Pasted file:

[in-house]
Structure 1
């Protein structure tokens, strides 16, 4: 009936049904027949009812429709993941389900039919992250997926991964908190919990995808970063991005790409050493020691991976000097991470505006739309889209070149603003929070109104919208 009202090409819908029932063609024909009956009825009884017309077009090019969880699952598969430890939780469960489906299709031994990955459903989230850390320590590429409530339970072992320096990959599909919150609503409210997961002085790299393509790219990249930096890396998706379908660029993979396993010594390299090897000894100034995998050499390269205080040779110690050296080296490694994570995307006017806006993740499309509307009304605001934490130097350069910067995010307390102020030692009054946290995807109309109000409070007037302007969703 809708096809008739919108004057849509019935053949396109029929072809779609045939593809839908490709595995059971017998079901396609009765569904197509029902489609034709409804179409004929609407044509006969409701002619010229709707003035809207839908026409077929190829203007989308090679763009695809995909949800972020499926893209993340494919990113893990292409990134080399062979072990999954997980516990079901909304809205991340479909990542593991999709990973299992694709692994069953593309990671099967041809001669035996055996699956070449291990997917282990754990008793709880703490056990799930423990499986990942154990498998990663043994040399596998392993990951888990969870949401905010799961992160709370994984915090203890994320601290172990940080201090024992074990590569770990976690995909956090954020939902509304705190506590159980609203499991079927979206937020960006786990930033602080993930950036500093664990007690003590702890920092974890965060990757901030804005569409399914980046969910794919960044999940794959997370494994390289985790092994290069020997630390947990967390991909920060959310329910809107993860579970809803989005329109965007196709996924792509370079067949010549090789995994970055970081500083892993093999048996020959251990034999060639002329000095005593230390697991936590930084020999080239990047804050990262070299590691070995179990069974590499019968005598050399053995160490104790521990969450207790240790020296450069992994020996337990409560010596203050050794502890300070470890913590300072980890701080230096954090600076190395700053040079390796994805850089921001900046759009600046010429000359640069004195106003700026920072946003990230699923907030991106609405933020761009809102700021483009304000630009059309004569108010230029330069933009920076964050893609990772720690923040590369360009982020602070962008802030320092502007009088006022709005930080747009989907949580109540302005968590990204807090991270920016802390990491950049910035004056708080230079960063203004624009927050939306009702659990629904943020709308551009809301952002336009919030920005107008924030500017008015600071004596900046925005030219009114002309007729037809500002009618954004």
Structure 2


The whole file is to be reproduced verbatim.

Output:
[in-house]
Structure 1
């Protein structure tokens, strides 16, 4: 009936049904027949009812429709993941389900039919992250997926991964908190919990995808970063991005790409050493020691991976000097991470505006739309889209070149603003929070109104919208 009202090409819908029932063609024909009956009825009884017309077009090019969880699952598969430890939780469960489906299709031994990955459903989230850390320590590429409530339970072992320096990959599909919150609503409210997961002085790299393509790219990249930096890396998706379908660029993979396993010594390299090897000894100034995998050499390269205080040779110690050296080296490694994570995307006017806006993740499309509307009304605001934490130097350069910067995010307390102020030692009054946290995807109309109000409070007037302007969703 809708096809008739919108004057849509019935053949396109029929072809779609045939593809839908490709595995059971017998079901396609009765569904197509029902489609034709409804179409004929609407044509006969409701002619010229709707003035809207839908026409077929190829203007989308090679763009695809995909949800972020499926893209993340494919990113893990292409990134080399062979072990999954997980516990079901909304809205991340479909990542593991999709990973299992694709692994069953593309990671099967041809001669035996055996699956070449291990997917282990754990008793709880703490056990799930423990499986990942154990498998990663043994040399596998392993990951888990969870949401905010799961992160709370994984915090203890994320601290172990940080201090024992074990590569770990976690995909956090954020939902509304705190506590159980609203499991079927979206937020960006786990930033602080993930950036500093664990007690003590702890920092974890965060990757901030804005569409399914980046969910794919960044999940794959997370494994390289985790092994290069020997630390947990967390991909920060959310329910809107993860579970809803989005329109965007196709996924792509370079067949010549090789995994970055970081500083892993093999048996020959251990034999060639002329000095005593230390697991936590930084020999080239990047804050990262070299590691070995179990069974590499019968005598050399053995160490104790521990969450207790240790020296450069992994020996337990409560010596203050050794502890300070470890913590300072980890701080230096954090600076190395700053040079390796994805850089921001900046759009600046010429000359640069004195106003700026920072946003990230699923907030991106609405933020761009809102700021483009304000630009059309004569108010230029330069933009920076964050893609990772720690923040590369360009982020602070962008802030320092502007009088006022709005930080747009989907949580109540302005968590990204807090991270920016802390990491950049910035004056708080230079960063203004624009927050939306009702659990629904943020709308551009809301952002336009919030920005107008924030500017008015600071004596900046925005030219009114002309007729037809500002009618954004």
Structure 2